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Letters to the Editor

August 17, 2010

Donations needed for Meals on Wheels program



To the editor:

As I write this letter, there are 65 older Washington County citizens on the waiting list for Meals on Wheels. In order to serve them, the nonprofit Washington County Commission on Aging is reaching out to our local community.

A donation of any size helps brings us closer to one less homebound senior on the waiting list. Most seniors on the list are older than 80. Can you or your organization help us provide hot meals to a vulnerable senior in our community?

Meals on Wheels recipients typically live alone, do not have a support system and most are low-income. They have nutritional needs that would go unmet without assistance. Some recipients have a short-term need while recovering from surgery or while terminally ill. Others require long-term support due to a chronic illness or disability that renders them unable to care for their own nutritional needs.

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Over the last 12 months, our dedicated staff and volunteers served 713 vulnerable people with meals either home delivered via 14 routes or at one of seven nutrition sites. It's never easy to place a senior on a waiting list, knowing that a fresh meal, delivered with a friendly word, could improve their quality of life. Please help us take care of those with the most pressing needs first. For many recipients, Meals on Wheels means staving off hunger as well as a way to avoid being institutionalized.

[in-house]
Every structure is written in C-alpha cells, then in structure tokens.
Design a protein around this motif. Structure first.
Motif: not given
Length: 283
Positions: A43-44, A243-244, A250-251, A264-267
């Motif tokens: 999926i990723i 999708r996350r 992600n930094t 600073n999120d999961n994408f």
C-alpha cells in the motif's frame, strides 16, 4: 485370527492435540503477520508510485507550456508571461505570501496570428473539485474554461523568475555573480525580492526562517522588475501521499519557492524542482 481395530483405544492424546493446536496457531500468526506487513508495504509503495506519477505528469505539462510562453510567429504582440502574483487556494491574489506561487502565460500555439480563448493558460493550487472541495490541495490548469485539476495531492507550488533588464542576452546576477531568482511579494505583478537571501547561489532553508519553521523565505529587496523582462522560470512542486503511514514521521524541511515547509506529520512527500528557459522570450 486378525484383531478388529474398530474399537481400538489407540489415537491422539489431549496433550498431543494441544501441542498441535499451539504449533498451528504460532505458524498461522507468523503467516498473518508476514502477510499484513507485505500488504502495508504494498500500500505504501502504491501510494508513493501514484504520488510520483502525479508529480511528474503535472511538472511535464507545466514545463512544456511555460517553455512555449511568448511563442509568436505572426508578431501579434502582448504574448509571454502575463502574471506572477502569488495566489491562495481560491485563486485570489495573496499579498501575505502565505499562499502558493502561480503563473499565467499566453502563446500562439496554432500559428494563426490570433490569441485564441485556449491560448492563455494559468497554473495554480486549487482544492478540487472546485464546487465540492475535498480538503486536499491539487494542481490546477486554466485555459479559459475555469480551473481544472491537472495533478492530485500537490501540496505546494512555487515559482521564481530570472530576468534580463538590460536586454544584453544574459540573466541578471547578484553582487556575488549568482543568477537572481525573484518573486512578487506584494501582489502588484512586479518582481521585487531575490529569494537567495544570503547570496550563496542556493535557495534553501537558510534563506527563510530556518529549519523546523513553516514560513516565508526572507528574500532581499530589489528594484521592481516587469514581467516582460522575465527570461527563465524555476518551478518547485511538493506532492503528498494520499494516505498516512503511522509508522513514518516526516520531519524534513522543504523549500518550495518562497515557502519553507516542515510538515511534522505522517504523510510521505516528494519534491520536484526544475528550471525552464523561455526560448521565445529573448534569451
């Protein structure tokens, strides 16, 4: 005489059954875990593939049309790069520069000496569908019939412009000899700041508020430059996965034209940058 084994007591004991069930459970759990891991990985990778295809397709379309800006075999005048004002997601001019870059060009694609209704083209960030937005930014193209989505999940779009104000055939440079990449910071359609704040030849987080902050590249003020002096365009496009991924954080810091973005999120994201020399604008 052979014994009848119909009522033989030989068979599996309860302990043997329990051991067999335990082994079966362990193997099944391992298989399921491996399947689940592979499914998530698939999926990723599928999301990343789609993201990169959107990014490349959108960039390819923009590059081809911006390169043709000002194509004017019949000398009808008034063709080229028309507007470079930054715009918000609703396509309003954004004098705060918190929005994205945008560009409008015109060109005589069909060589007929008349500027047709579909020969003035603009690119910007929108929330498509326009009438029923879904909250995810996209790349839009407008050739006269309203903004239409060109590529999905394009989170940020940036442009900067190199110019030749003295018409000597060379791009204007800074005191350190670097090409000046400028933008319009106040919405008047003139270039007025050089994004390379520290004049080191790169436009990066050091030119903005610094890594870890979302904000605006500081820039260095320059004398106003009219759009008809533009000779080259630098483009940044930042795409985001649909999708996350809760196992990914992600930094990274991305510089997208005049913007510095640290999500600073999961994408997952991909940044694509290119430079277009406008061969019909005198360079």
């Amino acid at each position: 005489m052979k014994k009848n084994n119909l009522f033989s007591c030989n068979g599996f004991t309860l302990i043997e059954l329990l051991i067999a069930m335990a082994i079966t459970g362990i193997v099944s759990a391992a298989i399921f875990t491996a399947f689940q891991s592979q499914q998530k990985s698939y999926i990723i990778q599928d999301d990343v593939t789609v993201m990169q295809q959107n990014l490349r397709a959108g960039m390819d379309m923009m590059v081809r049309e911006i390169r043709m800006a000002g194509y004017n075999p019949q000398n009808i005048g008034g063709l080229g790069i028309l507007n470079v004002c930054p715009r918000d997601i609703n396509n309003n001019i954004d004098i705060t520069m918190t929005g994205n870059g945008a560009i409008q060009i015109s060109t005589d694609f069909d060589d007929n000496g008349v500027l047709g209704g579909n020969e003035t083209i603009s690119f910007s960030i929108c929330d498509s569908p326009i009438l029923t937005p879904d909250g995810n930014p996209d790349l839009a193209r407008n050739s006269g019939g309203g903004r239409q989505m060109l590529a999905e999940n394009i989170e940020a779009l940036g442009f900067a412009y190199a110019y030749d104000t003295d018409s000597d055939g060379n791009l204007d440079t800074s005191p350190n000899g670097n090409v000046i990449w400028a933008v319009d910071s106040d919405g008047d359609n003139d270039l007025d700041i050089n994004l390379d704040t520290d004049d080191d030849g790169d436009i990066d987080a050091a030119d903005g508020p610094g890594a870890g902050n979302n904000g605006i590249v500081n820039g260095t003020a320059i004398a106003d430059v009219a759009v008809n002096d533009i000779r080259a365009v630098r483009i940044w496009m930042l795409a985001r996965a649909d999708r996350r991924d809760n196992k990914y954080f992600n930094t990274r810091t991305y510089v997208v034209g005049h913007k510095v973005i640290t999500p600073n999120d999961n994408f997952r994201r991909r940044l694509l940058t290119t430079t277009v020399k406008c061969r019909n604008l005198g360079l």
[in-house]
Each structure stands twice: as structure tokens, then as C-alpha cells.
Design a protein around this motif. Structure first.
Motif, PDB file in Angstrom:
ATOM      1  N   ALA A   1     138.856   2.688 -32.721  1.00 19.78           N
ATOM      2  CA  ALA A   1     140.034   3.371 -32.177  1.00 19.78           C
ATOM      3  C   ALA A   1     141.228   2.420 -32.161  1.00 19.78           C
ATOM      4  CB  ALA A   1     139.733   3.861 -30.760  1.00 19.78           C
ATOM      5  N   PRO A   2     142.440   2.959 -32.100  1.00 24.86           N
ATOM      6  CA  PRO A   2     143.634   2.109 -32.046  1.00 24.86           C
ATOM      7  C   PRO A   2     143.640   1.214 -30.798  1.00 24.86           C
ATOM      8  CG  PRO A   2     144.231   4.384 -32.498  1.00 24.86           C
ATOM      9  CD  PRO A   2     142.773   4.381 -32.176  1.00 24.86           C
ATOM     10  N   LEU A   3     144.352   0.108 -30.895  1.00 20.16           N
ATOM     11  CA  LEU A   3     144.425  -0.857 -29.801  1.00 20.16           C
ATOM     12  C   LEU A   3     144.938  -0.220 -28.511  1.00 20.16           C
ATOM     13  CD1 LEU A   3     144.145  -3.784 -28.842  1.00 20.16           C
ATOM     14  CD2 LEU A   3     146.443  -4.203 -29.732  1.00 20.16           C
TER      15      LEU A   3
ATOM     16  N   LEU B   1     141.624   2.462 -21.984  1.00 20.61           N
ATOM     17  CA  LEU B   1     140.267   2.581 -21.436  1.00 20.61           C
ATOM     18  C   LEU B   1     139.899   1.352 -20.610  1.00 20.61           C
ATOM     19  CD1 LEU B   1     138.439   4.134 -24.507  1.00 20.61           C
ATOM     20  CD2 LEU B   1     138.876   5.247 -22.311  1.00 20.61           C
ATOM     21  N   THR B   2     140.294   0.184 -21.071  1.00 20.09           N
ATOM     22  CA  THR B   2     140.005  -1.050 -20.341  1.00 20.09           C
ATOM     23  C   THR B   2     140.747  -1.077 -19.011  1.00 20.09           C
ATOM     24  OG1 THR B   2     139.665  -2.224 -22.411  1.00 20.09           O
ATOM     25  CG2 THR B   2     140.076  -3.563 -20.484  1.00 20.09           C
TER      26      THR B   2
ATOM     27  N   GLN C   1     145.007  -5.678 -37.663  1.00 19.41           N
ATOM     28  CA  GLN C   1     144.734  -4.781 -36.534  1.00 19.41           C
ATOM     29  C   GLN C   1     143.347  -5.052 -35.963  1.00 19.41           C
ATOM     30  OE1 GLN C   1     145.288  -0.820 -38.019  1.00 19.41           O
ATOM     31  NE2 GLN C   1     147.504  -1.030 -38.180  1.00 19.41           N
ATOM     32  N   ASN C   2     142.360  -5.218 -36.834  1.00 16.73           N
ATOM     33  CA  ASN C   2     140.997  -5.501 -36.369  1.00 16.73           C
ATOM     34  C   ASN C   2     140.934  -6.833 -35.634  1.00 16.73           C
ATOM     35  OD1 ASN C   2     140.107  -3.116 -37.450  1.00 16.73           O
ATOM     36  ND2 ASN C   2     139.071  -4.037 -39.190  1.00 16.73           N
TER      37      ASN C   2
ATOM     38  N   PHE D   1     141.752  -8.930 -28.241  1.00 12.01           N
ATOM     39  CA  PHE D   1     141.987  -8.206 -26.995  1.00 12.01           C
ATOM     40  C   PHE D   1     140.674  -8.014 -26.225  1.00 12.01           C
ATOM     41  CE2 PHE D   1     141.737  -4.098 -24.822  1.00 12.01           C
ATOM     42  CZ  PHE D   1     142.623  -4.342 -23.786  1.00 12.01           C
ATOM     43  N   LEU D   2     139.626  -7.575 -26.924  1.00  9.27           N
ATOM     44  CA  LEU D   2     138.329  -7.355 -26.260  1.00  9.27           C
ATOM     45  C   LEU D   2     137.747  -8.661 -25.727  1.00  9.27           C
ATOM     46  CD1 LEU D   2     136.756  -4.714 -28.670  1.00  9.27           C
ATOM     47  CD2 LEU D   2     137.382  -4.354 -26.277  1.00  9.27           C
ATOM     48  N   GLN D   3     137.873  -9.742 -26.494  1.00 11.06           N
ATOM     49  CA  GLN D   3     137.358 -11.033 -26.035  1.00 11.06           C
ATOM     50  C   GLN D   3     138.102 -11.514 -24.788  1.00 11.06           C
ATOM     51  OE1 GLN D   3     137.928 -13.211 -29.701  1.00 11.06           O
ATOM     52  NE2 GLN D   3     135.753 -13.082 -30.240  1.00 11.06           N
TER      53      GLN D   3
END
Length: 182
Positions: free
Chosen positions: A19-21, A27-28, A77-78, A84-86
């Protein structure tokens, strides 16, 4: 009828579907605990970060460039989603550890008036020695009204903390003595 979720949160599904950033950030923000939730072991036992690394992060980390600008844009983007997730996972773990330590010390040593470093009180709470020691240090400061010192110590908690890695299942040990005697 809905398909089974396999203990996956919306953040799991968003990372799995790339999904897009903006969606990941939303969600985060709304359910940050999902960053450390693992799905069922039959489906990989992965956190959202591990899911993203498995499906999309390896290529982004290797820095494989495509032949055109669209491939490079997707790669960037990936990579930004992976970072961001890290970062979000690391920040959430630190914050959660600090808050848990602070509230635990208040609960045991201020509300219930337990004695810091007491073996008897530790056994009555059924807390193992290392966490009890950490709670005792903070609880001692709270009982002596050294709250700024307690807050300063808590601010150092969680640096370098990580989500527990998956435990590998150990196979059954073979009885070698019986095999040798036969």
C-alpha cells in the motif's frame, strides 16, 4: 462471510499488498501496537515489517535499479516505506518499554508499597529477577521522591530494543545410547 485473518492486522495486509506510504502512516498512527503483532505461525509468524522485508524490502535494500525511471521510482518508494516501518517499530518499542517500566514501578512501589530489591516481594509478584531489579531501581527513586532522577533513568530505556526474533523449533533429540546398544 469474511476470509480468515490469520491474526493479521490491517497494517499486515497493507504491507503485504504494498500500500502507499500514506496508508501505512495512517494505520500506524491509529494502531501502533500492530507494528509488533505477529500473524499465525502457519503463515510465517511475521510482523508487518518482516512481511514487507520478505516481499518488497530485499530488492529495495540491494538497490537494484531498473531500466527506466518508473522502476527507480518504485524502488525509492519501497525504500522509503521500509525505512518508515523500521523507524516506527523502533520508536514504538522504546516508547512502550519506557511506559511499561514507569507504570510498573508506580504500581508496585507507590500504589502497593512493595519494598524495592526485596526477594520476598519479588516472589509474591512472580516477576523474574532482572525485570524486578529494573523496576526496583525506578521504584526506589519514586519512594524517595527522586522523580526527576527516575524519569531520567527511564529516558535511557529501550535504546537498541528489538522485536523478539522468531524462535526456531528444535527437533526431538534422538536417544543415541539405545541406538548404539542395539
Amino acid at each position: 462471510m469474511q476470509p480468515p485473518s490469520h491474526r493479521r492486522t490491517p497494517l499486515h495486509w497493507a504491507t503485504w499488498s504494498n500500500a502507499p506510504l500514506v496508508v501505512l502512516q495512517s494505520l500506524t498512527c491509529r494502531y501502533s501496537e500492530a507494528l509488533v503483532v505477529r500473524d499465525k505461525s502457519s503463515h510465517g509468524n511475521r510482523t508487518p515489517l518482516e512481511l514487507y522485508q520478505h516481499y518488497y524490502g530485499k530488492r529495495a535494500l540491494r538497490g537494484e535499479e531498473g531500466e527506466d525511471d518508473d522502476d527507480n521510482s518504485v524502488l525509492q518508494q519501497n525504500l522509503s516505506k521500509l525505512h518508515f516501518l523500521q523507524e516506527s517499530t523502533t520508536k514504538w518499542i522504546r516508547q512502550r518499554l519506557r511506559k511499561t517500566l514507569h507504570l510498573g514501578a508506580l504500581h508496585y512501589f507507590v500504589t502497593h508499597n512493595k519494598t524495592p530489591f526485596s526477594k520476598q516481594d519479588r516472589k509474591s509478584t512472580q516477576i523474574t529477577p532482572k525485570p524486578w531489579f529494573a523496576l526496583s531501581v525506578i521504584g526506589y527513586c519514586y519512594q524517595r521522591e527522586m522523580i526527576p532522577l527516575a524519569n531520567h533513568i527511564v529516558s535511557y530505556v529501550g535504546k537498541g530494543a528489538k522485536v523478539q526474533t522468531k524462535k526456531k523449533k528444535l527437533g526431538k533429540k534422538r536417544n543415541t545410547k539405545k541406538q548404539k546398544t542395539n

These seniors are medically homebound and therefore have invisible needs. Perhaps one of the people on the waiting list is your neighbor. Someday, it could be one of us. So I write this letter to ask for your help. A donation is most welcome.

Please contact the Washington County Commission on Aging Inc., 140 W. Franklin St., Fourth Floor, Hagerstown, MD 21740.

Hilary Lo
development specialist
Washington County Commission on Aging Inc.




Old Home Week pageant was a huge success



To the editor:

We would like to thank the many people who helped make the 37th triennial Old Home Week pageant a success. No amount of writing would make it possible without all the volunteer hours of those involved in the program of hometown history, music and laughter.

Toby Harvie, in her first year as director, was wonderful to work with through the weeks of rehearsals. She came up with ideas to make the scenes come to life. Dave Besecker, Dave McCandless, Eric Plum and Trevor Timmons came to the rescue with their talent in the music department, giving us beautiful sounds to go with the words. Each scene director added their own talent to make the eight vignettes tell a story of Greencastle-Antrim's past, with some drama, some humor and a lot of hard work.

To all of the actors who gave of their time and talent on the stage, to all of the musicians in front of the stage, and the marvelous people who worked behind the stage, we say thank you.

We thank the many people who loaned us the props needed to help complete the scenes of local history. We would ask "Do you have ... ?" The answer was "Yes, here, you take it. Do you need anything else?" What a wonderful community Greencastle-Antrim is, filled with many who helped "put on a show."

We also want to thank the audiences who came to the shows Aug. 3 and 4, offering their applause, attention and laughter - at all the right places. With planned lines and some that were not part of our script, waiting with us through Wednesday evening's "blackout" and all the kind comments in the days that followed, we offer our gratitude and the promise that we will be back in three years with some new old stories to tell.

Dody Clever
Sharon Baumbaugh
Greencastle-Antrim
Old Home Week pageant co-chairs

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